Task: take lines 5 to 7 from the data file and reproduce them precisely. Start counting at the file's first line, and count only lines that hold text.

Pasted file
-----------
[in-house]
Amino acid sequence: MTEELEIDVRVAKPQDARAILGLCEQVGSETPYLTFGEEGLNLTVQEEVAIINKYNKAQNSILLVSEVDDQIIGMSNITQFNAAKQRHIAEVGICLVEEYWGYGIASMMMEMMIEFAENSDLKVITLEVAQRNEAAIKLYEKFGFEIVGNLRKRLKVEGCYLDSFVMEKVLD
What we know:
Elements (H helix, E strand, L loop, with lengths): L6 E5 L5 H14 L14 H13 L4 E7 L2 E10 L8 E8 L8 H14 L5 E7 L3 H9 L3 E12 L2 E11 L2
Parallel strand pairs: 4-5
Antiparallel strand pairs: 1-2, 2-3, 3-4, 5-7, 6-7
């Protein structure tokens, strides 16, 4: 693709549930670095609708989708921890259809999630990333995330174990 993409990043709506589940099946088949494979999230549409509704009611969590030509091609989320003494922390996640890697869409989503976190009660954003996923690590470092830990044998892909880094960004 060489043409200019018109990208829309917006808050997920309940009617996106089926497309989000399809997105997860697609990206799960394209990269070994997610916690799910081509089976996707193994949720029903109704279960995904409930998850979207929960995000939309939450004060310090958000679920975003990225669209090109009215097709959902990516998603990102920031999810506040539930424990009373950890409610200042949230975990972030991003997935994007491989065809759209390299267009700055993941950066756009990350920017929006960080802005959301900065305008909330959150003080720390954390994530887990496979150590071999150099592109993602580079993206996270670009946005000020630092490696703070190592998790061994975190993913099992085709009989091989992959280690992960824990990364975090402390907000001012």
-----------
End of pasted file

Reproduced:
Parallel strand pairs: 4-5
Antiparallel strand pairs: 1-2, 2-3, 3-4, 5-7, 6-7
């Protein structure tokens, strides 16, 4: 693709549930670095609708989708921890259809999630990333995330174990 993409990043709506589940099946088949494979999230549409509704009611969590030509091609989320003494922390996640890697869409989503976190009660954003996923690590470092830990044998892909880094960004 060489043409200019018109990208829309917006808050997920309940009617996106089926497309989000399809997105997860697609990206799960394209990269070994997610916690799910081509089976996707193994949720029903109704279960995904409930998850979207929960995000939309939450004060310090958000679920975003990225669209090109009215097709959902990516998603990102920031999810506040539930424990009373950890409610200042949230975990972030991003997935994007491989065809759209390299267009700055993941950066756009990350920017929006960080802005959301900065305008909330959150003080720390954390994530887990496979150590071999150099592109993602580079993206996270670009946005000020630092490696703070190592998790061994975190993913099992085709009989091989992959280690992960824990990364975090402390907000001012």